Beyond the ‘missing women inquiry’: Empowering sex workers as social justice advocates

Funding body

Pierre Elliott Trudeau Foundation Fellowship


One major gap in the struggle for human rights and dignity for sex workers in Canada is the urgent need to mobilize people in sex work who are dealing with social divisions and are facing difficulties sustaining a collective voice in their communities and nationally. This project engages sex workers of different social demographics backgrounds and substance use histories in a peer-to-peer community empowerment program in seven cities to learn from one another how the current Criminal Code law impacts their work, crucial resources, and how they may further their shared goals, including the ability to work in safety and access non-judgmental health, harm reduction services and social supports. 

Participants and leads from local sex worker outreach organizations will present their understandings, in safe and respectful conditions they determine, at a peer-led national policy forum in Ottawa coinciding the Government of Canada's 5-year mandate to review the 2014 Criminal Code law that criminalizes most sex work related activities. The project will also contribute to the ongoing National Inquiry into Missing and Murdered Indigenous Women and Girls in Canada by providing insider knowledge from Indigenous sex workers who face intersecting stigmas related to their race, gender and substance use and whose voices are routinely silenced.

The project will make accessible a peer-informed practical manual for mobilizing sex workers, in partnership with sex worker outreach organizations; improve understanding of policy makers and the general public of how Criminal Code and other laws and policies impact the diversity of adult sex workers in their local communities and contribute to scholarship by providing an innovative methodology for empowering sex workers in their communities and including them at policy tables where they contributions are valued by decision-makers.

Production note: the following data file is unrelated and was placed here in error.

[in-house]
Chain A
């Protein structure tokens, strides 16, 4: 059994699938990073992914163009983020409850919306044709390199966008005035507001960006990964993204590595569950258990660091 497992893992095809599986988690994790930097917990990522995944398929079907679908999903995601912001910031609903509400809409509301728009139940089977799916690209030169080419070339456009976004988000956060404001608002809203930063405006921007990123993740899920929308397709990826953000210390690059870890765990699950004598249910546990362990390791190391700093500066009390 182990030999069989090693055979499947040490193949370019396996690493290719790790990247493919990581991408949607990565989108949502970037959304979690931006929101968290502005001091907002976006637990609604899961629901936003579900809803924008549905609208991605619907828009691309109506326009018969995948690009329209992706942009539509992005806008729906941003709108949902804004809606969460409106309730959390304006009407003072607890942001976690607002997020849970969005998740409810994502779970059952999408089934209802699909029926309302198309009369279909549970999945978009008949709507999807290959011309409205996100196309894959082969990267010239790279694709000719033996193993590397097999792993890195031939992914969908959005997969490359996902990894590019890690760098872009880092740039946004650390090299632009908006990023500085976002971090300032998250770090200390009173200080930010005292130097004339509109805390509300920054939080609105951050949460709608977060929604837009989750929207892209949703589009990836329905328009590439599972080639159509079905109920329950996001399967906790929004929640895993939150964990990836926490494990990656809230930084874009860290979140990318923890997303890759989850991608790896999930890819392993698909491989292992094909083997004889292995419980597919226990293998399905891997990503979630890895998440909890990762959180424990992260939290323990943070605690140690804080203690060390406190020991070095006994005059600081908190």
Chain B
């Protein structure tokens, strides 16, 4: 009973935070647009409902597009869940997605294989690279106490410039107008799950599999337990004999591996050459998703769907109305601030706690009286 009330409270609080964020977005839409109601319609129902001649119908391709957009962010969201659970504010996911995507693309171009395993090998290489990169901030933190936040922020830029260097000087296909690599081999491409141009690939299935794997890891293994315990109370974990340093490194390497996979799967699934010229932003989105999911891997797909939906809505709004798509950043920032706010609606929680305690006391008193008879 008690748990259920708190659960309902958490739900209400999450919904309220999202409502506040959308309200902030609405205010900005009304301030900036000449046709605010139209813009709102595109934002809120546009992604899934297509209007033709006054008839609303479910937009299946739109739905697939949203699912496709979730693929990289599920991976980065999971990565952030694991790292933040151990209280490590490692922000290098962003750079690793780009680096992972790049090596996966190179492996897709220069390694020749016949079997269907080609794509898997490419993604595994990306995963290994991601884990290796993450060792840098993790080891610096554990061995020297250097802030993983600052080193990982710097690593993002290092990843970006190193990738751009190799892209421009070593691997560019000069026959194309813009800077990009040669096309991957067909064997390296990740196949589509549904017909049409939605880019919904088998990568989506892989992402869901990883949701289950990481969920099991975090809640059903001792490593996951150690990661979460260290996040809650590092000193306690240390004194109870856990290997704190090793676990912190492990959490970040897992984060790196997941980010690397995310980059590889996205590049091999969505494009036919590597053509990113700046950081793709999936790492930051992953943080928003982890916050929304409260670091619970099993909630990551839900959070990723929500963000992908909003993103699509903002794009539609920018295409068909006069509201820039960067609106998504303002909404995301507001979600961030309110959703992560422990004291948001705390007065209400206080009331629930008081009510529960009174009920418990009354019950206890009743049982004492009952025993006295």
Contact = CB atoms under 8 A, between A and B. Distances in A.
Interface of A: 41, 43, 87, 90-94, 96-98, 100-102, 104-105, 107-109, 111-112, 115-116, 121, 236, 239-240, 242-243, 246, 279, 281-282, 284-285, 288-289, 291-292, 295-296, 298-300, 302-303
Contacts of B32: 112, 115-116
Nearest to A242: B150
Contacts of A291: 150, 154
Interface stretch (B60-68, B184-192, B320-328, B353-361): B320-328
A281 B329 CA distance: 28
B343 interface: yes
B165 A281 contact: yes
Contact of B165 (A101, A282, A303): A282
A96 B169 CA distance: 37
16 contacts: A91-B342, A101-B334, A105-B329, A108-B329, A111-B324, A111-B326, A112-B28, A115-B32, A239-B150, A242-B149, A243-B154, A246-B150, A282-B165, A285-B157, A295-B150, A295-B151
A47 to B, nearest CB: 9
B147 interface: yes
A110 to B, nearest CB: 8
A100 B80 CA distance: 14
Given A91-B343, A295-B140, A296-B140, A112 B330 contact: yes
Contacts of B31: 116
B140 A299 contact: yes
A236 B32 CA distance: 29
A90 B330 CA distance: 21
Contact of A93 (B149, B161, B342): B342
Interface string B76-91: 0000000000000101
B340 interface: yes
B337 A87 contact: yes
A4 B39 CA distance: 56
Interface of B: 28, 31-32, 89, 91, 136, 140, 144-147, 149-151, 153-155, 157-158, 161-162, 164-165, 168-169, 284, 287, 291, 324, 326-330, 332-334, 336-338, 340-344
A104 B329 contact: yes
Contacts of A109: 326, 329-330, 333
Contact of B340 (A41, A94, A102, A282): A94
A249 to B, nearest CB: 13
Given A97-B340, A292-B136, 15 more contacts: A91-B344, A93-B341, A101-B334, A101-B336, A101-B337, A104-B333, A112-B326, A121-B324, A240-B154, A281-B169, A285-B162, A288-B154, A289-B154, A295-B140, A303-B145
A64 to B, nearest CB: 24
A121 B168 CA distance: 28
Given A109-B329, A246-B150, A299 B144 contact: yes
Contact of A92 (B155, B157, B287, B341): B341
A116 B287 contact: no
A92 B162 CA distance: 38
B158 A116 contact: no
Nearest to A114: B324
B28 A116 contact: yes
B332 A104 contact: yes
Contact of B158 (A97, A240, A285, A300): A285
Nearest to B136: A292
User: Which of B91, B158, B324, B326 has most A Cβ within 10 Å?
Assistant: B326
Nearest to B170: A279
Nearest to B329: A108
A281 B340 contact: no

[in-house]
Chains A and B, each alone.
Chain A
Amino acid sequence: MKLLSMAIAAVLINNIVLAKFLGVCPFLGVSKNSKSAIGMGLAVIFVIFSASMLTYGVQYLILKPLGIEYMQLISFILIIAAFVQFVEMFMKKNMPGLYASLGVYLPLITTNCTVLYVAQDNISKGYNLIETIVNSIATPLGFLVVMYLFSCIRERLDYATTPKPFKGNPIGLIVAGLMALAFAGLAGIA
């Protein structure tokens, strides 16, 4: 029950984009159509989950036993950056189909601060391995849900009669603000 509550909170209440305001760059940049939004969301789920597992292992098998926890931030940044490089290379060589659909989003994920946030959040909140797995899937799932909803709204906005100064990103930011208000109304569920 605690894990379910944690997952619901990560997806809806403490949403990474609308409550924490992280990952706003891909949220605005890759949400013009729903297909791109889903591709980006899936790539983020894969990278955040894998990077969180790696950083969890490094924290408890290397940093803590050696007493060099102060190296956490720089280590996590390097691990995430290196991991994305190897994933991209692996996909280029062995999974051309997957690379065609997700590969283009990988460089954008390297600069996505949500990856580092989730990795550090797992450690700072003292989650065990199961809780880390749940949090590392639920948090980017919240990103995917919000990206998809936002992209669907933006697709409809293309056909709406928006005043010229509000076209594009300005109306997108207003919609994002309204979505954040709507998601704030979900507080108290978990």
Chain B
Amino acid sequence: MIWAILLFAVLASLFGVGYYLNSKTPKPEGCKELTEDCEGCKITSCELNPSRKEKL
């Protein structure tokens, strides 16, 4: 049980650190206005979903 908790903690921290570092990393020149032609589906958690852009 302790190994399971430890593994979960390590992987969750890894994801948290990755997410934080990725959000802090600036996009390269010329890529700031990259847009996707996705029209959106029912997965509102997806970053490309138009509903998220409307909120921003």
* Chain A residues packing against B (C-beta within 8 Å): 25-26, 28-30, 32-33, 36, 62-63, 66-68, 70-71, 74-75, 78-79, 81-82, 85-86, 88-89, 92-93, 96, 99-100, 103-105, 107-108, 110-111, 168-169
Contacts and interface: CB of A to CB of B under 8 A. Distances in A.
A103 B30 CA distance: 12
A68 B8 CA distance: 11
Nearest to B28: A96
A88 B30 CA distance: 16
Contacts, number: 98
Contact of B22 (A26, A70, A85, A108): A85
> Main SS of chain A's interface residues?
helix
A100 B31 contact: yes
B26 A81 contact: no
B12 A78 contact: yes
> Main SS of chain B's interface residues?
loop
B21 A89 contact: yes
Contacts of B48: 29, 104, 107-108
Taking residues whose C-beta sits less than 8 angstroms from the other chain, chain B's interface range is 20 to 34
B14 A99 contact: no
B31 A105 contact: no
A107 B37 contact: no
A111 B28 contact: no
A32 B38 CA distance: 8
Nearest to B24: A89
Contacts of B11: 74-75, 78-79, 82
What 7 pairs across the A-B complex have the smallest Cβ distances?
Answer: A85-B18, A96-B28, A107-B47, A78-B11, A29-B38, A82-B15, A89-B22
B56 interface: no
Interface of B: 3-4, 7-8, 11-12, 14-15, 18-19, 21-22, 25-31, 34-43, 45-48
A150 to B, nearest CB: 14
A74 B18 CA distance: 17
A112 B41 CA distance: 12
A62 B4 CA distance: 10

Progress to date

The partnership between the PI and the seven sex worker organizations has been established through virtual and in person meetings, the training program is being developed and interviews about the interactive process with the executive directors or designate of each organization underway.  An update on the project was presented at the Pierre Elliott Trudeau Foundation Community Retreat (May 27-30, 2019).

In recent months we have recruited three additional community partners that prioritize the needs and concerns of marginalized sex workers, including those from Indigenous and migrant backgrounds and those who use drugs.

We have created a sub-group from the community partners to draft the Sex Workers’ Activist School Facilitation Guide (SWASFG). Research funds have been redirected to these group members to free up some of their work time for curriculum development. We have also conducted interviews with community partner members about their views on the unfolding research to date and published an article on the early assessment of integrated knowledge translation efforts to mobilize sex workers in their communities.

The plan to implement the mobilization training programs in each of the six communities in 2020 has been postponed due to the COVID 19 pandemic and is now planned for 2022. In the last year, I interviewed ten members of these seven organizations about how they have been helping sex workers in their communities deal with the immediate and longer-term impacts of the COVID-19 pandemic. One paper has been published and another is in press.